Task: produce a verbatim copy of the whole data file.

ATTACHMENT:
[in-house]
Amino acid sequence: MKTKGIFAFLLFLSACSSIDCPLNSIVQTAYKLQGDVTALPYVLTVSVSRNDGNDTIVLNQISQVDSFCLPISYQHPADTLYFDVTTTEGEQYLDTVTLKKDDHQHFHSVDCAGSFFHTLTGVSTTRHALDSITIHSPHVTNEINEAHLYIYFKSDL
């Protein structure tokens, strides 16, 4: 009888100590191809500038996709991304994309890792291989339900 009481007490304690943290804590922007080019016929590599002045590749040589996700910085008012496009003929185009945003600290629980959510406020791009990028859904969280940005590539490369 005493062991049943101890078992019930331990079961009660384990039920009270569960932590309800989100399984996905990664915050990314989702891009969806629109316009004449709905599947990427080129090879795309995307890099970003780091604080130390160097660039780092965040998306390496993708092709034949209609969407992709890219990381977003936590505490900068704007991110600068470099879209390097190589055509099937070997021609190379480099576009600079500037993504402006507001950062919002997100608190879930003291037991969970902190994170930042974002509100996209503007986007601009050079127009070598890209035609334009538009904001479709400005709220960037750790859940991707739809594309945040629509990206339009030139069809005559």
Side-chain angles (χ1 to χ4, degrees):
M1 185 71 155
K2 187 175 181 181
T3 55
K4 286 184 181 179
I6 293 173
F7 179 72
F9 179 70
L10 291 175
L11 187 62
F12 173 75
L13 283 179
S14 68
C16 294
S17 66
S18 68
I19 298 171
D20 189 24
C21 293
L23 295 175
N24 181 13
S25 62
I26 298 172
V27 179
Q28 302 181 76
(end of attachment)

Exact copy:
[in-house]
Amino acid sequence: MKTKGIFAFLLFLSACSSIDCPLNSIVQTAYKLQGDVTALPYVLTVSVSRNDGNDTIVLNQISQVDSFCLPISYQHPADTLYFDVTTTEGEQYLDTVTLKKDDHQHFHSVDCAGSFFHTLTGVSTTRHALDSITIHSPHVTNEINEAHLYIYFKSDL
């Protein structure tokens, strides 16, 4: 009888100590191809500038996709991304994309890792291989339900 009481007490304690943290804590922007080019016929590599002045590749040589996700910085008012496009003929185009945003600290629980959510406020791009990028859904969280940005590539490369 005493062991049943101890078992019930331990079961009660384990039920009270569960932590309800989100399984996905990664915050990314989702891009969806629109316009004449709905599947990427080129090879795309995307890099970003780091604080130390160097660039780092965040998306390496993708092709034949209609969407992709890219990381977003936590505490900068704007991110600068470099879209390097190589055509099937070997021609190379480099576009600079500037993504402006507001950062919002997100608190879930003291037991969970902190994170930042974002509100996209503007986007601009050079127009070598890209035609334009538009904001479709400005709220960037750790859940991707739809594309945040629509990206339009030139069809005559």
Side-chain angles (χ1 to χ4, degrees):
M1 185 71 155
K2 187 175 181 181
T3 55
K4 286 184 181 179
I6 293 173
F7 179 72
F9 179 70
L10 291 175
L11 187 62
F12 173 75
L13 283 179
S14 68
C16 294
S17 66
S18 68
I19 298 171
D20 189 24
C21 293
L23 295 175
N24 181 13
S25 62
I26 298 172
V27 179
Q28 302 181 76